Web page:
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North America

Bravely Default

by Aaron Kaluszka - January 16, 2014, 7:21 pm PST
Total comments: 8

A fine fantasy.

I played through the first hour of the US version of Bravely Default, which just barely scratched the surface of the massive game. It begins with a monologue by Agnès, which plays out in front of you using one of the game's AR cards. The four protagonists are then introduced through an extended sequence of seemingly unconnected movies. Agnès Oblige, the vestal of wind, prays in front of a giant crystal, which is suddenly consumed by darkness. She sets out on a mission to cleanse crystals from darkness along with her fairy partner Airy. Tiz Arrior’s village is obliterated by an unknown force, leaving him as the sole survivor. He is the first person you control. Edea Lee is a noble with sword-fighting skills who is sent on her first mission, which as it turns out, is to capture Agnès. Ringabel is an amnesiac ladies’ man with a special notebook that can predict the future. Coming from different parts of the world, these four eventually meet and team up.

Coming from Square Enix, the job system should be familiar to fans of games like Final Fantasy III, V, or The 4 Heroes of Light, the latter of which is especially reminiscent of this game. You can set both primary and secondary job classes, giving you the abilities of both; however, only the former will gain experience. The storybook-like art style is also similar to 4 Heroes of Light, and the light-hearted story telling and voice acting, despite the dark situation reminded me of a Disney movie. Particularly with the focus on a crystal as the source of power and stability, the game feels like Final Fantasy, but without over-designed characters. Though it takes place in a medieval setting, I saw a number of summons that were based on modern technology like trains and jet fighters.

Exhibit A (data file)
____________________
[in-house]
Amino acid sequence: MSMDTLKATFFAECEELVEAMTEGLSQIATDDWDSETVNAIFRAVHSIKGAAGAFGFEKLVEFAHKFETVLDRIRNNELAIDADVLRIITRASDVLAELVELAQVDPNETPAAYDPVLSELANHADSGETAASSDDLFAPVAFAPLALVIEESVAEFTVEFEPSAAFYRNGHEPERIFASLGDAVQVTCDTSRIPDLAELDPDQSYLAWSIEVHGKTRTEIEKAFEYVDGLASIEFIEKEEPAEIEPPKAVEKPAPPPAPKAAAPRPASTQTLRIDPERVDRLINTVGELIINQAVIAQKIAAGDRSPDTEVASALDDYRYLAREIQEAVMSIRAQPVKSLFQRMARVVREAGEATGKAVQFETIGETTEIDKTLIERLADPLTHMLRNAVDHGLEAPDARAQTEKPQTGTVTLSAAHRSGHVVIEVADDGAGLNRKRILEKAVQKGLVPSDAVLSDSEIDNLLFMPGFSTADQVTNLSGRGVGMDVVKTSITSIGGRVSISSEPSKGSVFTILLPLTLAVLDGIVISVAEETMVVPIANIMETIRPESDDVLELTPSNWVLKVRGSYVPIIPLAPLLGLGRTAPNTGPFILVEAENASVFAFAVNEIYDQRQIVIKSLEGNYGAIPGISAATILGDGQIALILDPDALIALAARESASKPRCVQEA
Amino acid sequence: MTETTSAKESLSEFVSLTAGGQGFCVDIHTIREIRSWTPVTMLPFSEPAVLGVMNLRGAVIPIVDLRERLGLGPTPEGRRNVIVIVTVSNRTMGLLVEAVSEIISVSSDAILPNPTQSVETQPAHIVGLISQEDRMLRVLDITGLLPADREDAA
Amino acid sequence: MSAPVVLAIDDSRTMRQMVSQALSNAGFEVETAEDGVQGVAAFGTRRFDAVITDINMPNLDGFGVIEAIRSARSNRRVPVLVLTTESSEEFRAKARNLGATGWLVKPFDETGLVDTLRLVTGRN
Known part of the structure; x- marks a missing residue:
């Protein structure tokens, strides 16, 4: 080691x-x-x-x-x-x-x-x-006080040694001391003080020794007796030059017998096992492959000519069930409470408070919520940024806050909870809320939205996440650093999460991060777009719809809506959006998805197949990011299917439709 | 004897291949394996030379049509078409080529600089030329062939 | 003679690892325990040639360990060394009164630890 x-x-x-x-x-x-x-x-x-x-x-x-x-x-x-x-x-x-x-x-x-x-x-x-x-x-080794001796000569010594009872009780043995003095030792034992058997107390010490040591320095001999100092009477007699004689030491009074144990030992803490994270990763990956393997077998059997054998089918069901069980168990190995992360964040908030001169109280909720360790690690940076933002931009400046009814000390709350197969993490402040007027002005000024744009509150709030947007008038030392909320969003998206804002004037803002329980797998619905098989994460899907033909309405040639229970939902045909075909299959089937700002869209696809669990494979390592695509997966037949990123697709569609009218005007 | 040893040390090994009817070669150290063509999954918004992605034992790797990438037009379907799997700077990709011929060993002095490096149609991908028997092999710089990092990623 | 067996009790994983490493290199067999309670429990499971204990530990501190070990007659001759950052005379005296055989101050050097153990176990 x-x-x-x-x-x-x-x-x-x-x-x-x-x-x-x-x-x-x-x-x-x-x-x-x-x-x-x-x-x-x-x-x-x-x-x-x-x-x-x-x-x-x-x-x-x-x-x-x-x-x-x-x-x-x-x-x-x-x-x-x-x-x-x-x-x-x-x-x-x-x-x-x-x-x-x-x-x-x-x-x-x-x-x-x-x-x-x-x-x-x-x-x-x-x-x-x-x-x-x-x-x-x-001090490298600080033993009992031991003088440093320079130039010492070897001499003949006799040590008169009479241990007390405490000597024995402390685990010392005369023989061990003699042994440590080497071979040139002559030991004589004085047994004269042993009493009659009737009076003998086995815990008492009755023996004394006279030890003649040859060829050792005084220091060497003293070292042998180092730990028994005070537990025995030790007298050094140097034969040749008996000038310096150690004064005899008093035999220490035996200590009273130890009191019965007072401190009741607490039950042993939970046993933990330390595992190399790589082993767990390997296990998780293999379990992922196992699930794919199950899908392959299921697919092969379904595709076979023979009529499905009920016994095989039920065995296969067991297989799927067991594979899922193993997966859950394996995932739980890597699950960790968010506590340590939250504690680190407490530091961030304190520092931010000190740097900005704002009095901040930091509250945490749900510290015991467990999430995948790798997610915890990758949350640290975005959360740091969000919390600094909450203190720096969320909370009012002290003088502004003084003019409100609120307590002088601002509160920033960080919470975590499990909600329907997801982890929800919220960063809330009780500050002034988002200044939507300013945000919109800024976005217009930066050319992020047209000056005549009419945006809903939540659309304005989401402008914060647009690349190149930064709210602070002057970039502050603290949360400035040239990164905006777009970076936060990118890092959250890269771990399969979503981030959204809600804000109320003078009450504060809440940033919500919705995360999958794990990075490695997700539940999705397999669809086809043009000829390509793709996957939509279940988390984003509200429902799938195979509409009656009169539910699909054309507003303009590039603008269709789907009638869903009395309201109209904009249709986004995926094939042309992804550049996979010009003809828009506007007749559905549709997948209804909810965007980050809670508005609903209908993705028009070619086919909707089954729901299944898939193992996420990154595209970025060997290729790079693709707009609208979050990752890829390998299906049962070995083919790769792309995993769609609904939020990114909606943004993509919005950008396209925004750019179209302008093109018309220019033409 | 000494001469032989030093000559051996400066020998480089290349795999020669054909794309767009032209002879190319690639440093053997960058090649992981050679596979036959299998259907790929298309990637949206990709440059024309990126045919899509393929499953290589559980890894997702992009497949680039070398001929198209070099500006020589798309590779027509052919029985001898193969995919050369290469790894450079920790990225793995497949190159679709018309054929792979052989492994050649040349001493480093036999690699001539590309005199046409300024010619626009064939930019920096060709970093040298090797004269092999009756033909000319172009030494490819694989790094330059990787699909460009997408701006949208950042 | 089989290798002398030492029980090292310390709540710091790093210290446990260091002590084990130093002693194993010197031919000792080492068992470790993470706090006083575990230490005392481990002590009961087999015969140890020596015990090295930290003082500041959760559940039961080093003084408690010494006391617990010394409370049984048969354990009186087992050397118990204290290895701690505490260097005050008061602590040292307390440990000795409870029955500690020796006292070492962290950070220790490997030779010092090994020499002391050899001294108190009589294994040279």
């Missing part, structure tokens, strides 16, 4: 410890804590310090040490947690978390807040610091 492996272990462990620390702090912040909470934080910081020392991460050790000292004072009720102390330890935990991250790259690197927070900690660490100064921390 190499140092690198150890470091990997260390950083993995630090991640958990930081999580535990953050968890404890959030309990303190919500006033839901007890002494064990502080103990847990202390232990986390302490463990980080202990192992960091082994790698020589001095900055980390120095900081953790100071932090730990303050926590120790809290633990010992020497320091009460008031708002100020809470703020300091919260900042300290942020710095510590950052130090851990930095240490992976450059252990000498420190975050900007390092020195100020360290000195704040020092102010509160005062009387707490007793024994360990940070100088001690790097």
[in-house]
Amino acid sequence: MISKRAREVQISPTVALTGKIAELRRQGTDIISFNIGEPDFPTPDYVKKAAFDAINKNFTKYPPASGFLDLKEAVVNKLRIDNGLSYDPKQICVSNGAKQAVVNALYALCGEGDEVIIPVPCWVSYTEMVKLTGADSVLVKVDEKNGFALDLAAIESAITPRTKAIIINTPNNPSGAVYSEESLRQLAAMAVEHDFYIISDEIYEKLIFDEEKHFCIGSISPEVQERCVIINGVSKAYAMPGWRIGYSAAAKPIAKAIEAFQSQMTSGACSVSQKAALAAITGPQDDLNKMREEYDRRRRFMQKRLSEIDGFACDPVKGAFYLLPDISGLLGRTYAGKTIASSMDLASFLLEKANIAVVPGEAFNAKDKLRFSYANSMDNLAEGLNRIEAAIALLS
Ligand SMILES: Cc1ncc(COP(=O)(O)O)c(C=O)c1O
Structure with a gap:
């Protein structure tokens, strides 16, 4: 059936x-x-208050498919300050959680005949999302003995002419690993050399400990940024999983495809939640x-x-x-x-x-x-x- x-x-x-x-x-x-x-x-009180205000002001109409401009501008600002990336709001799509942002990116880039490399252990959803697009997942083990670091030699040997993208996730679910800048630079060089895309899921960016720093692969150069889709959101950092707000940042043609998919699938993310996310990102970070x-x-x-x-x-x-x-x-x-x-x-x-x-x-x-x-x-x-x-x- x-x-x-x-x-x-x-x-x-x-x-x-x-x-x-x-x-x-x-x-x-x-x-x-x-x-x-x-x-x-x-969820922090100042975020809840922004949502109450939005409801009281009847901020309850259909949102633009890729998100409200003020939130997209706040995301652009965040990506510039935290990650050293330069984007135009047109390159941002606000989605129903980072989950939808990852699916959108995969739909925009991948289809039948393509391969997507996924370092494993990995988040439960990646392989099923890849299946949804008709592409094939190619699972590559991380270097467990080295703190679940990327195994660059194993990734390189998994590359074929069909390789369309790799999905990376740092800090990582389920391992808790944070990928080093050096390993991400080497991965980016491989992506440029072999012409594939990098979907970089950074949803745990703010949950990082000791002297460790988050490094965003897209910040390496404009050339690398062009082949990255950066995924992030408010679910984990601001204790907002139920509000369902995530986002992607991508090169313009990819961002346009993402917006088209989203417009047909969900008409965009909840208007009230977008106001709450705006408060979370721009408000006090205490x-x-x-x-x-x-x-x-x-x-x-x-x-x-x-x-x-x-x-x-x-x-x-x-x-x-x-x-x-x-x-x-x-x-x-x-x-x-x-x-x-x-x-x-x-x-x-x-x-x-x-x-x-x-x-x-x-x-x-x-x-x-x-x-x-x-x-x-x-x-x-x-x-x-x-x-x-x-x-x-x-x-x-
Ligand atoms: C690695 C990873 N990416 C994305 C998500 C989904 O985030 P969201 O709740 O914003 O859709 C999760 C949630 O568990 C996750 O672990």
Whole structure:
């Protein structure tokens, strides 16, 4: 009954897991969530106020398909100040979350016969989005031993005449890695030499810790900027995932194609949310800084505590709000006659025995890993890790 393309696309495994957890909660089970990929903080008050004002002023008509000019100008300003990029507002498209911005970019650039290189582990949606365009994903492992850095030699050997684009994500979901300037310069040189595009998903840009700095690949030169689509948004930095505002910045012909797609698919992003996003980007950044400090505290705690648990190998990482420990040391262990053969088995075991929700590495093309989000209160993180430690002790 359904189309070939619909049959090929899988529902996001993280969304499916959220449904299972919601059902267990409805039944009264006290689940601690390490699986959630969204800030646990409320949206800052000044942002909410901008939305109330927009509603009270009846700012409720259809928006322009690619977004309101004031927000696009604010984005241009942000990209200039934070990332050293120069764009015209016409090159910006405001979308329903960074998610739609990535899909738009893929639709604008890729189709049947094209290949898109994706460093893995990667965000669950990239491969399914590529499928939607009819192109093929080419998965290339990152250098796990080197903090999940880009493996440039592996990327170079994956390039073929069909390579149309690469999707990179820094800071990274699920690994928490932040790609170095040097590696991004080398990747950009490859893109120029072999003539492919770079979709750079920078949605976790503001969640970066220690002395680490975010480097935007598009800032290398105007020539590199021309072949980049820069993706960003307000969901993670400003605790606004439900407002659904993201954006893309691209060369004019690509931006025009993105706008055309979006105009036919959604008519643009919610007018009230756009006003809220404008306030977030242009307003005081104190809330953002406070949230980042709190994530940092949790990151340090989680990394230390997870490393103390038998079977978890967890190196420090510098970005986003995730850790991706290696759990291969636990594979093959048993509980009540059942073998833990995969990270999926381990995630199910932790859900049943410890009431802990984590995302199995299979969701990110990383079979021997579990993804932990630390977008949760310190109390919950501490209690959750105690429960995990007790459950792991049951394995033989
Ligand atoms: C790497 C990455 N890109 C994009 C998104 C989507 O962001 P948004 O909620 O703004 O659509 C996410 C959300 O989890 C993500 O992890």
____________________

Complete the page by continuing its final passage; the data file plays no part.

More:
The game’s odd name derives from its battle system. While Bravely Default is modeled after traditional turn-based games, it adds a new twist. Players can choose Brave or Default options in battle. Each character has a BP meter, which indicates how many turns you have banked and increments by one each turn. By selecting Default, characters will defend, reducing damage, but also add a Brave Point. Selecting Brave lets you take an action such as attacking, and you can plot multiple actions, one for each BP. You can also dip into the negatives, taking more actions than you have available (up to 4 at the beginning). If you choose this route, you won’t be able to take another action until your BP reaches zero. In this way, players can play with risk and reward.

It’s a bit like downing a triple espresso in the morning – you’ll get a burst of energy at the expense of tiredness later in the day. But with swords and spells. Bonuses are awarded for the quick dispatching of enemies, but overplay your attacks and you’ll be left open to devastation. Unfortunately, I didn’t get a chance to experience this strategy, or the job system for that matter, within the first hour since just attacking as much as possible was sufficient to defeat everyone.

Though it’s been a long time coming, the American version gains from refinements made to the original that smooth gameplay. Both English and Japanese voice and subtitles can be chosen independently. Additionally, Bravely Second, a mechanic that lets you stop time mid-battle and take an emergency turn. Oddly, Bravely Seconds are earned for every eight hours the game remains in sleep mode. They are also sold as SP potion microtransactions, which the game reminds you, uses real money.